These are the instructions I use to get someone started with a profiled stainless steel knife blank. I thought there might be those who could use the tutorial and pointers. Some details are specific to a particular knife project, but the info is universal. You can start with a bar of any type of steel and shape it to the knife profile you want. 1084 is a good starter carbon steel, and CPM-154 is a good starter stainless steel.
Files needed are a 10-12" mill bastard (or a magic-cut), and a 10" second cut file. A finishing file is nice, but not necessary. Here is a great file and filing tutorial - http://www.appropedia.org/Filing_Metal
As to the paper, use wet-or-dry metal working paper in grits from 100 to as high as you wish. Most folks use it in steps of roughly doubling the grit. A good set would be, 100/220/400/800/1000/1500/2000/2500. Buy the best paper available. 3M or RhynoWet are both good. I am posting this in two parts.
I have preformed the knife shape to your template.The handle scales will be rough shaped and drilled to accept the Corby bolts ( this will ship after HT). When you get the knife, unscrew the bolts and remove the handles. Take a look at how things fit for reassembly later.
Let's get the names of all the parts clear.
The end of the handle is called the BUTT.
The two pieces of wood are called the SCALES.
The attachments for the scales are called RIVETS.The type of rivets I am supplying are called CORBY BOLTS.
The flat area directly in front of the handle is called the RICASSO, and is the space between the end of the bevels/cutting edge and the handle.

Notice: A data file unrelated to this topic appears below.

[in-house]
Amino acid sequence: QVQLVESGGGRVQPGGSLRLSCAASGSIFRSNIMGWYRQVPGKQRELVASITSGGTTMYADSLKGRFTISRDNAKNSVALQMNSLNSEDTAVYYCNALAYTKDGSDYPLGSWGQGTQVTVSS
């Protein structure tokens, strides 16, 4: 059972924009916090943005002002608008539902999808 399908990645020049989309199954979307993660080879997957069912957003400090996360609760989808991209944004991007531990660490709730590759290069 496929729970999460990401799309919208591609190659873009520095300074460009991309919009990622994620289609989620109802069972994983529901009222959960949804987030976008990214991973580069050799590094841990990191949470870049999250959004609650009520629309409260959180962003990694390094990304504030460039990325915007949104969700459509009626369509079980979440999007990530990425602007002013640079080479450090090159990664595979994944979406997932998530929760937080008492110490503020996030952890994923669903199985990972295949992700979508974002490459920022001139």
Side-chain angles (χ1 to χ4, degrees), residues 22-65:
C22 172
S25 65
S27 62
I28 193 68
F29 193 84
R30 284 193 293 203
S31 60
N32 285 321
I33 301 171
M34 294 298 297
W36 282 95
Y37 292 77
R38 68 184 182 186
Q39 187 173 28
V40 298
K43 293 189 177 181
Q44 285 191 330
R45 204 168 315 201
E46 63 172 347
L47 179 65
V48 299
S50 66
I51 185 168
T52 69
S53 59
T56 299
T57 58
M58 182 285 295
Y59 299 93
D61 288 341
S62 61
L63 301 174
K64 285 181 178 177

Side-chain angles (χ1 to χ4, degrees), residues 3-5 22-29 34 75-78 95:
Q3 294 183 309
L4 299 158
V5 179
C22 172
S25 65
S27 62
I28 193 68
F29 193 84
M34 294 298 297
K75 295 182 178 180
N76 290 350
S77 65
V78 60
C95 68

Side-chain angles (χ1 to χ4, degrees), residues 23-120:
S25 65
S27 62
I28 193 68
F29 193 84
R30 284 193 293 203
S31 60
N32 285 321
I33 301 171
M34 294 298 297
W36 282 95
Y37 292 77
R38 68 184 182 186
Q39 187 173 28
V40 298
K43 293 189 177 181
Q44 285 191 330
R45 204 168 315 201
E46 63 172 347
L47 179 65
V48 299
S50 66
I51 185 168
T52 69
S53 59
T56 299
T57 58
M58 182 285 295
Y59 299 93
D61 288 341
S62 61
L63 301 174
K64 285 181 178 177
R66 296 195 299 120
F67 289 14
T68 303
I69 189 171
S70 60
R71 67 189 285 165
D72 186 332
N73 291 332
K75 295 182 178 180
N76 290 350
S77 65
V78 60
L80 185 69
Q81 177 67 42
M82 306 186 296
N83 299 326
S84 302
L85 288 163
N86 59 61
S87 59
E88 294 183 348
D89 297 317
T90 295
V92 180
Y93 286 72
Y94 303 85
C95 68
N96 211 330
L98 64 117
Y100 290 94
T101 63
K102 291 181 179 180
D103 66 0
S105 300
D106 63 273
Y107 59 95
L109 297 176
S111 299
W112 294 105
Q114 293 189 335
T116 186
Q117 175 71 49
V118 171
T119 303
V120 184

Any inward curve or indentation at the ricasso area or ricasso end of the handle is called a CHOIL.
The little rounded notch at the end of the sharpened edge ( at the ricasso) is called a SPANISH NOTCH
The top of the blade is the SPINE.
the cutting part is the EDGE.
The end of the cutting edge is the PLUNGE LINE.
The taper from spine to edge is the BEVEL.
The taper from the ricasso to the tip ( looking down on the spine) is called DISTAL TAPER.
The point is the TIP.
Work area and procedures:
Find a place where you can safely work on the knife and have room to move. A picnic table outside will work, or any small work surface in the garage. Don't use the kitchen table or the resident cook may become upset with you.
If possible, screw or clamp a strong piece of wood so about 10 inches sticks out from the corner of the work table. This is the sanding arm. A piece of 2X4 will work. The knife is clamped/screwed to the board, with the edge just off the wood, to allow sanding and filing.